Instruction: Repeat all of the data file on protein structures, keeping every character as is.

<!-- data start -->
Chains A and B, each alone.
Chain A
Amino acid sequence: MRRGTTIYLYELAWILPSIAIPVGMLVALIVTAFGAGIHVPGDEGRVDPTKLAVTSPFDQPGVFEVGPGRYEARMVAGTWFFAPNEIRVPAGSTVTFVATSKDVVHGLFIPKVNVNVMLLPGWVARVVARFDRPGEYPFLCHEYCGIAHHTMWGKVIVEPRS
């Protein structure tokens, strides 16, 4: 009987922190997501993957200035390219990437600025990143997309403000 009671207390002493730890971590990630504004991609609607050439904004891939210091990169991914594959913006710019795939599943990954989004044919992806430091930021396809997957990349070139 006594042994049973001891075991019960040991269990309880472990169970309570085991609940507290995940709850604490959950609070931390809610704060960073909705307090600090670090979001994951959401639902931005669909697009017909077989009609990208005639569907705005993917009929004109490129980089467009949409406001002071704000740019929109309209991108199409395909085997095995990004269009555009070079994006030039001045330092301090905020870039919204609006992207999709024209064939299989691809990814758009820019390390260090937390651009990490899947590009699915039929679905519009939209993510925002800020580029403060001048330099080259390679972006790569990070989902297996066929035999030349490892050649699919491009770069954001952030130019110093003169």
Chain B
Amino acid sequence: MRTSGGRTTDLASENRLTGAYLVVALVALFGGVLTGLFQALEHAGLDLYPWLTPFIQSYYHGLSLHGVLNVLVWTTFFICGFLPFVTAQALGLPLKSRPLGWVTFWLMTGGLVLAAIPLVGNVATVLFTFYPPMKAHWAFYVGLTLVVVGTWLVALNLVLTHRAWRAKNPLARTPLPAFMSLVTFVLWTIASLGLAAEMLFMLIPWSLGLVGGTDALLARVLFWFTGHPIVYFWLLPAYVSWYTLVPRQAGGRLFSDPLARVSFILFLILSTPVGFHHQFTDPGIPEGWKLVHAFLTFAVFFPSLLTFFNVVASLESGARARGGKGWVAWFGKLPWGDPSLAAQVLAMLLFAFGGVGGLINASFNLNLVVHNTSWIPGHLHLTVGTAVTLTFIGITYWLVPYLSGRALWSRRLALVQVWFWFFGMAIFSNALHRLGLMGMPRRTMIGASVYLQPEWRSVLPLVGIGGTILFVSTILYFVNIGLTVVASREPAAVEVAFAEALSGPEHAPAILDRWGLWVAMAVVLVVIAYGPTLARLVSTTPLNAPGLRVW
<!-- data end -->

Chains A and B, each alone.
Chain A
Amino acid sequence: MRRGTTIYLYELAWILPSIAIPVGMLVALIVTAFGAGIHVPGDEGRVDPTKLAVTSPFDQPGVFEVGPGRYEARMVAGTWFFAPNEIRVPAGSTVTFVATSKDVVHGLFIPKVNVNVMLLPGWVARVVARFDRPGEYPFLCHEYCGIAHHTMWGKVIVEPRS
């Protein structure tokens, strides 16, 4: 009987922190997501993957200035390219990437600025990143997309403000 009671207390002493730890971590990630504004991609609607050439904004891939210091990169991914594959913006710019795939599943990954989004044919992806430091930021396809997957990349070139 006594042994049973001891075991019960040991269990309880472990169970309570085991609940507290995940709850604490959950609070931390809610704060960073909705307090600090670090979001994951959401639902931005669909697009017909077989009609990208005639569907705005993917009929004109490129980089467009949409406001002071704000740019929109309209991108199409395909085997095995990004269009555009070079994006030039001045330092301090905020870039919204609006992207999709024209064939299989691809990814758009820019390390260090937390651009990490899947590009699915039929679905519009939209993510925002800020580029403060001048330099080259390679972006790569990070989902297996066929035999030349490892050649699919491009770069954001952030130019110093003169």
Chain B
Amino acid sequence: MRTSGGRTTDLASENRLTGAYLVVALVALFGGVLTGLFQALEHAGLDLYPWLTPFIQSYYHGLSLHGVLNVLVWTTFFICGFLPFVTAQALGLPLKSRPLGWVTFWLMTGGLVLAAIPLVGNVATVLFTFYPPMKAHWAFYVGLTLVVVGTWLVALNLVLTHRAWRAKNPLARTPLPAFMSLVTFVLWTIASLGLAAEMLFMLIPWSLGLVGGTDALLARVLFWFTGHPIVYFWLLPAYVSWYTLVPRQAGGRLFSDPLARVSFILFLILSTPVGFHHQFTDPGIPEGWKLVHAFLTFAVFFPSLLTFFNVVASLESGARARGGKGWVAWFGKLPWGDPSLAAQVLAMLLFAFGGVGGLINASFNLNLVVHNTSWIPGHLHLTVGTAVTLTFIGITYWLVPYLSGRALWSRRLALVQVWFWFFGMAIFSNALHRLGLMGMPRRTMIGASVYLQPEWRSVLPLVGIGGTILFVSTILYFVNIGLTVVASREPAAVEVAFAEALSGPEHAPAILDRWGLWVAMAVVLVVIAYGPTLARLVSTTPLNAPGLRVW